‘It Is Too Late To ‘Privatize’ Social Security!’

by Frank Hill, Telemachus

So to the opponents of such a measure for the past 45 years, congratulations!

‘You. Win’! (sic?)

Converting or transitioning to a combined private/public Social Security program has been one of the ways reformers have sought to improve the system for every single recipient from the minimum wage earner up. It has been steadfastly opposed by those who have bought into the status quo and swear on a stack of Bibles: ‘Everything is OK with Social Security! No changes need to be made, EVER!

Those opponents remind us of the Kevin Bacon character, Chip Diller, who, at the end of ‘Animal House’, stands in the middle of the sidewalk after the parade in his ROTC uniform and screams: “Remain Calm! All is well!’ ...and then is stampeded into the ground by the maddened crowd and reality.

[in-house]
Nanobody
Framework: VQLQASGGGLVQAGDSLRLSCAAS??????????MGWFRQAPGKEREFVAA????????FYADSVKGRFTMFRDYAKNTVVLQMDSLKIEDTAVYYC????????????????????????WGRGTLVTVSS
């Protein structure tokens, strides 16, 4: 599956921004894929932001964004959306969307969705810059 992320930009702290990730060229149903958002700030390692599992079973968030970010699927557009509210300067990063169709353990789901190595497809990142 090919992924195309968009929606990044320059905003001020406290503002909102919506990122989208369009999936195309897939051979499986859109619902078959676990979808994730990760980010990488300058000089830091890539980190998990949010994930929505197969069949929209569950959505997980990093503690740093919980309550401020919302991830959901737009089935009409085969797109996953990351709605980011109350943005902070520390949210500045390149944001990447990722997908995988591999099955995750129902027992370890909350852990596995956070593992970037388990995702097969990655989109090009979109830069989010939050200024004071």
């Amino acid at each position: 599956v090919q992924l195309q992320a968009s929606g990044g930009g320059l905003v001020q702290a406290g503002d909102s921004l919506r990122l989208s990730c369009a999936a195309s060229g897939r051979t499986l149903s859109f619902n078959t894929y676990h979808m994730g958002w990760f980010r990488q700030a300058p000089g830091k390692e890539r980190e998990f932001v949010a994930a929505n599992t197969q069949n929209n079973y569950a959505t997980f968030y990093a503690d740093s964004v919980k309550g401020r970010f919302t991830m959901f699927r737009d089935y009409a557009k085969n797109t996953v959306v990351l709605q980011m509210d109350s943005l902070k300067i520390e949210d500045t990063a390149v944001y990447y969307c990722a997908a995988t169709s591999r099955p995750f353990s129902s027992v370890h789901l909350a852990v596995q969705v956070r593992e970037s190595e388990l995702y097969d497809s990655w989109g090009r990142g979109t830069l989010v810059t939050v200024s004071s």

Anyway, according to the most knowledgeable person we know on the face of Planet Earth when it comes to Social Security matters, Chuck Blahous (see his great new book: ‘Social Security: The Unfinished Work’), we have almost passed the point of no return when it comes to being able to convert SS to a truly funded system that would offset much of the huge costs heading for us.


Because when privatization of some form was first discussed, we had at least 25 years to plan for the huge pig in a python’s throat that would occur when the Boomers started to retire with full benefits in 2012. In 1985 when we started work on Capitol Hill, advocates of such change realized at least that people at age 40 or below then could have started diverting a fair amount of their SS payroll tax each month into a true investment fund and earned dividends and interest compounded for the next 2.5 decades.